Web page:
When I was a young pup, hanging out with the older kids for a game of Snipe Hunting sounded exciting.
Crouched on my knees with an opened up paper bag, I waited patiently in a bean field for my catch.
Having never seen nor heard of a snipe, I was nervous.
About 30 minutes later I found out the joke was on me.
If you haven’t been tricked like this before, I’m sure someone “hazed” you at some point.
The next year, I was among the in crowd and a snipe-hunt prankster.
I thought about this in regard to today — April 1 — the birthday of my jokester brother Don, one of the crew to line me up with the sack I used for my Snipe Hunting adventure.
With that in mind, here are a few April Fools’ Day pranks from the past.
While these are bigger lies, the believer of the untruth still feels … stupid.
I looked these up on that all-knowing encyclopedia called Google.
All of them are purported to be true, although, that’s hard to say since the entire holiday is based on lies.
Here are a few outrageous tales of tricks that fooled more than a teenage kid in a bean field.
Dateline: April 1, 1996.
Trickster: Taco Bell.
Amount Fooled: Two more than all the hamburgers ever made at McDonald’s.
The Skinny: Taco Bell, a fast-food Mexican restaurant, announced it had purchased the Liberty Bell in Philly, and said it would rename it the Taco Liberty Bell.
A full-page ad appeared in six major newspapers, causing people to call the National Historic Park in Philadelphia, where the bell is housed.
Taco Bell yelled, “April Fools!” just before noon that day.
Dateline: April 1, 1998
Trickster: Burger King
Amount Fooled: Every right-handed American.
The Skinny: A full-page ad in the USA Today newspaper proclaimed Burger King was introducing a new menu item: A left-handed Whopper, specially designed for the 32 million left-handed Americans.
It had the same ingredients and condiments as the Whopper, but they were rotated 180 degrees to benefit southpaws.
Burger King came clean on its hoax, but not before a swarm of customers ordered the new sandwich for lefties.
Yet Burger King was merely borrowing an old prank, although it became more famous that its predecessors ever imagined.
Dateline: April 1, 1887
Trickster: New York Graphic
Amount fooled: Thousands, including the media
The Skinny: Thomas Edison had thousands of inventions, and was a year removed from introducing the phonograph when New York Graphic announced an even bigger discovery.
Edison had invented a machine that could transform dirt into cereal and water into wine.
The end result would solve world hunger and give everyone access to their own backyard winery.
Newspapers (no jokes about journalism, please) copied the article. One paper went as far as to write an editorial that heaped praise on Edison.
The Graphic got the last laugh when it reprinted the editorial with a two-word Fools’ chant of “They Bite!”
Dateline: March 31,1989.
Trickster: Record executive Richard Branson.
Amount Fooled: Nearly all of London.
The Skinny: Ever thought you saw a UFO?
Motorists on a London highway were convinced they saw a glowing flying saucer over the city.
The aircraft floated over the city before coming to rest in a field outside of London.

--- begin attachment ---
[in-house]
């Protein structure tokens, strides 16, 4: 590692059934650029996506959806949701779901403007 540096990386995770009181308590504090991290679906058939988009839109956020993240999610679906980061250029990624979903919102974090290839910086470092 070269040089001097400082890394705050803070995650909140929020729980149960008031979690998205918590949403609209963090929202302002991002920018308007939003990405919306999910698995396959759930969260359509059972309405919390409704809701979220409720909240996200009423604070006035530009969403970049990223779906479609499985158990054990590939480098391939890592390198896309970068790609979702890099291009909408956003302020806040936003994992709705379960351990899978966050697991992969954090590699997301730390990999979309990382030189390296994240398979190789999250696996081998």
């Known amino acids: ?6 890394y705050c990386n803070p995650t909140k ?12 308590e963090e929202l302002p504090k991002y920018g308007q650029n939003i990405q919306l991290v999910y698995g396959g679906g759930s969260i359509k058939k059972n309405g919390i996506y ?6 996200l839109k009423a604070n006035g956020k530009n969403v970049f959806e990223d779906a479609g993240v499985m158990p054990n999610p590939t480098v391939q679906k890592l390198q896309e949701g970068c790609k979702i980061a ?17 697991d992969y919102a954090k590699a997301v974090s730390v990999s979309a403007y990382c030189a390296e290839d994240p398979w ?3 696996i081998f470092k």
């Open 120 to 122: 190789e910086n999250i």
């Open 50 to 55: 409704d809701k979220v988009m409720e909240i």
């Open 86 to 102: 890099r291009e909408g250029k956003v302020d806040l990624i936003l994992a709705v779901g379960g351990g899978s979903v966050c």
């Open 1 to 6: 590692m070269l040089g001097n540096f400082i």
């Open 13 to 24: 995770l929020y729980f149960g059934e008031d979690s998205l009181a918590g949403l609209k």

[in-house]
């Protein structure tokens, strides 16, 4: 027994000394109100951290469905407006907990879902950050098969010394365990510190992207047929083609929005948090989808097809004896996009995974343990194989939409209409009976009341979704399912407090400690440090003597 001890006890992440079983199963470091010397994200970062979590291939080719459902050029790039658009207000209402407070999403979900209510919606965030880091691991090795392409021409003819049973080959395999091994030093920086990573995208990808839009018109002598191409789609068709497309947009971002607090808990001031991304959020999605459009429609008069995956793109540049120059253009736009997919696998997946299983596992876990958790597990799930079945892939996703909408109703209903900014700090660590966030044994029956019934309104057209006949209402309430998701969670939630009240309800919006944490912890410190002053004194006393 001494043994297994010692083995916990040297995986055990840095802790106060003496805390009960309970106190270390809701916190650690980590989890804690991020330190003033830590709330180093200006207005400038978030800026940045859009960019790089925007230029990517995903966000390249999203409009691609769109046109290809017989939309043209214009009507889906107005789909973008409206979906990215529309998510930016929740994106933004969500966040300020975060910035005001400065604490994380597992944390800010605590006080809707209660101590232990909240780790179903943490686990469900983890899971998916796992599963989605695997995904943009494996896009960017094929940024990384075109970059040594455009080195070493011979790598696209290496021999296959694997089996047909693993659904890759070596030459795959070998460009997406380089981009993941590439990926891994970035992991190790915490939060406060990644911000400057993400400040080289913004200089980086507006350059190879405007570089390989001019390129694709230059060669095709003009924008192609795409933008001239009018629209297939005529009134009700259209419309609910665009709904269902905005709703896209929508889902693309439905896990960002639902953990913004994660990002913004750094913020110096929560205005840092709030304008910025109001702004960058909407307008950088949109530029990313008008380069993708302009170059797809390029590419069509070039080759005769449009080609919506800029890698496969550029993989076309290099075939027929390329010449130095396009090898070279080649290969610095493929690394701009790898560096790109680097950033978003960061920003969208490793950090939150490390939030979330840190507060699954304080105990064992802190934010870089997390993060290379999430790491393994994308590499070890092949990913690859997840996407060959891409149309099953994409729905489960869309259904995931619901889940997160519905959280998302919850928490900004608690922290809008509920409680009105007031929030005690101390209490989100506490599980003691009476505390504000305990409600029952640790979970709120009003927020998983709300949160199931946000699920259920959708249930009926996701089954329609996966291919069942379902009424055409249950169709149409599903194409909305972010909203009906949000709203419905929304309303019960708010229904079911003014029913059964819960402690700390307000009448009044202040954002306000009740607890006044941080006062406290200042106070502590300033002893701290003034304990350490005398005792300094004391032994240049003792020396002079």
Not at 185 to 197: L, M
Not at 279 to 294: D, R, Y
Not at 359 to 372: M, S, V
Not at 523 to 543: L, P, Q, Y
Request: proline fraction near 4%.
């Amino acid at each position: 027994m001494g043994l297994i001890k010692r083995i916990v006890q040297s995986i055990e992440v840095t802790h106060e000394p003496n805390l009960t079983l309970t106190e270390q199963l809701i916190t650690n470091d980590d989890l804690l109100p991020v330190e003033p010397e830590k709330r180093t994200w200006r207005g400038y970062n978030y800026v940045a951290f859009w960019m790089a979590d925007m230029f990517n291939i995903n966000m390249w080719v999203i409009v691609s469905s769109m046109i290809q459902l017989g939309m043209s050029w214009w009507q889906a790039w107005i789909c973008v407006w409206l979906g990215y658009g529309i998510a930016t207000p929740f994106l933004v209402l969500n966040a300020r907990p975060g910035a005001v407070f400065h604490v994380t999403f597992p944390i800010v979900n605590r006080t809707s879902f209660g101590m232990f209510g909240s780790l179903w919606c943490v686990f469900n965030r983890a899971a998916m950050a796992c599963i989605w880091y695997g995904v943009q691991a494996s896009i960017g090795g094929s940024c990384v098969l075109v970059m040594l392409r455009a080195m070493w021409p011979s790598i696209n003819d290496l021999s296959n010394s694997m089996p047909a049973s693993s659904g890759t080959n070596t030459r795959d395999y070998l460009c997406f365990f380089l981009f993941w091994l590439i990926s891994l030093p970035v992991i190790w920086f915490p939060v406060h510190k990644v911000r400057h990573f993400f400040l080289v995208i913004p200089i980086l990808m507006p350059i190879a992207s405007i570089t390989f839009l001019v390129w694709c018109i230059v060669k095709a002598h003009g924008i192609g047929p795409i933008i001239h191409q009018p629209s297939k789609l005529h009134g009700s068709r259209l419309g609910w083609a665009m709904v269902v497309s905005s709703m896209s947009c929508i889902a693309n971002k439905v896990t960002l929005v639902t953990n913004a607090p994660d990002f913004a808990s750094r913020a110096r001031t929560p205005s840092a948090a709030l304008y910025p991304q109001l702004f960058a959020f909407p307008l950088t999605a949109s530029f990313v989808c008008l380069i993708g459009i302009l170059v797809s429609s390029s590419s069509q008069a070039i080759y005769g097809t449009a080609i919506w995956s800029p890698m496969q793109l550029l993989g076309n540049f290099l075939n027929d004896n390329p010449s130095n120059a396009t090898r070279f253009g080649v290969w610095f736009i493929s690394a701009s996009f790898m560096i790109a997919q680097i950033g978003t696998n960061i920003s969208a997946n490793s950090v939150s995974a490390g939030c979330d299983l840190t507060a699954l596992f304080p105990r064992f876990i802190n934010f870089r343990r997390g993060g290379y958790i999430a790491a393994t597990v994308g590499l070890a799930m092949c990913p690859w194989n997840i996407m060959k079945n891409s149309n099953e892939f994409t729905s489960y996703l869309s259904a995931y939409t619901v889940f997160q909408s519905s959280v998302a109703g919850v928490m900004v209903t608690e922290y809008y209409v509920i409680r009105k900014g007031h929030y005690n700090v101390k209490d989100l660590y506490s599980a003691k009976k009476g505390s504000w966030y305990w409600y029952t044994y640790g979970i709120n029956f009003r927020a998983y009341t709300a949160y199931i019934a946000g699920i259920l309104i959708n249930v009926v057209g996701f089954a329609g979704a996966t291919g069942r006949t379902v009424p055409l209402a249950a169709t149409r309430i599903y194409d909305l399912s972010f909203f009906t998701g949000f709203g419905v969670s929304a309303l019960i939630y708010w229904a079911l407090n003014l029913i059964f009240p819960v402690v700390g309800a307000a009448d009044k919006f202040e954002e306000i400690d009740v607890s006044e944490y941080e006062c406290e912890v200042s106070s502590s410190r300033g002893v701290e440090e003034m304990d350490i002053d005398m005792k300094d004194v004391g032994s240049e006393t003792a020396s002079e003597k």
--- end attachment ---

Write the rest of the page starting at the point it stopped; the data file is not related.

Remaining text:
Calls to the police nearly blew out the switchboard.
So the bobbies went to check it out.
The UFO turned out to be a hot-air balloon made by Richard Branson, a 36-year-old executive from Virgin Records.
But not all went as planned. Branson originally planned to fly the balloon into Hyde Park on April 1.
But a spring wind blew the balloon off course an and he was forced to land early and off target.
Dateline: April, 1985.
Trickster: Sports Illustrated Magazine.
Amount Fooled: Every geeky baseball nut in New York City.
The Skinny: The April 1 issue of the magazine reported that Mets rookie pitcher Sidd Finch could throw a baseball 168 mph, some 65 mph faster than Nolan Ryan, then considered the fastest gun in MLB.
Mets fans went crazy, asking for facts and when he would arrive at Shea Stadium.
Yet Finch was a figment in the imagination of author George Plimpton, who left a clue it was a joke with the headline: “He’s a pitcher, part yogi and part recluse. Impressively liberated from our opulent life-style, Sidd’s deciding about yoga —and his future in baseball.
Take the first letter from each word and you have: Happy April Fools Day — A Fib.
Dateline: April 1, 1993.
Trickster: NPR/Rich Little.
Amount Fooled: Every Republican.
The Skinny: Comedian Rich Little did a Richard Nixon impersonation on National Public Radio’s “Talk of the Town” in which he declared he was running for President after being impeached and leaving the White House.
Listeners flooded the phone lines and NPR host John Hockenberry had to let the cat out of the bag by saying it was a practical joke.
Little’s famous campaigning line during the clip was, “I didn’t do anything wrong, and I won’t do it again.”
Dateline: April 1, 1957.
Trickster: The BBC.
Amount Fooled: Half of England.
The Skinny: Does spaghetti grow on trees?
The BBC’s “Panorama” news hour reported that a mild winter had nearly eliminated “the spaghetti weevil,” and that Swiss farmers were having a bumper crop from their spaghetti trees.
Englanders were baffled, befuddled, but still believed the unthinkable.
The BBC even went as far as showing tape of farmers harvesting spaghetti from trees.
Brits rang the station to ask how they would grow spaghetti
They were told, “place a sprig of spaghetti in a tin of tomato sauce and hope for the best.”
Enjoy the world’s unofficial holiday for pranksters, but remember to not believe everything you hear or see.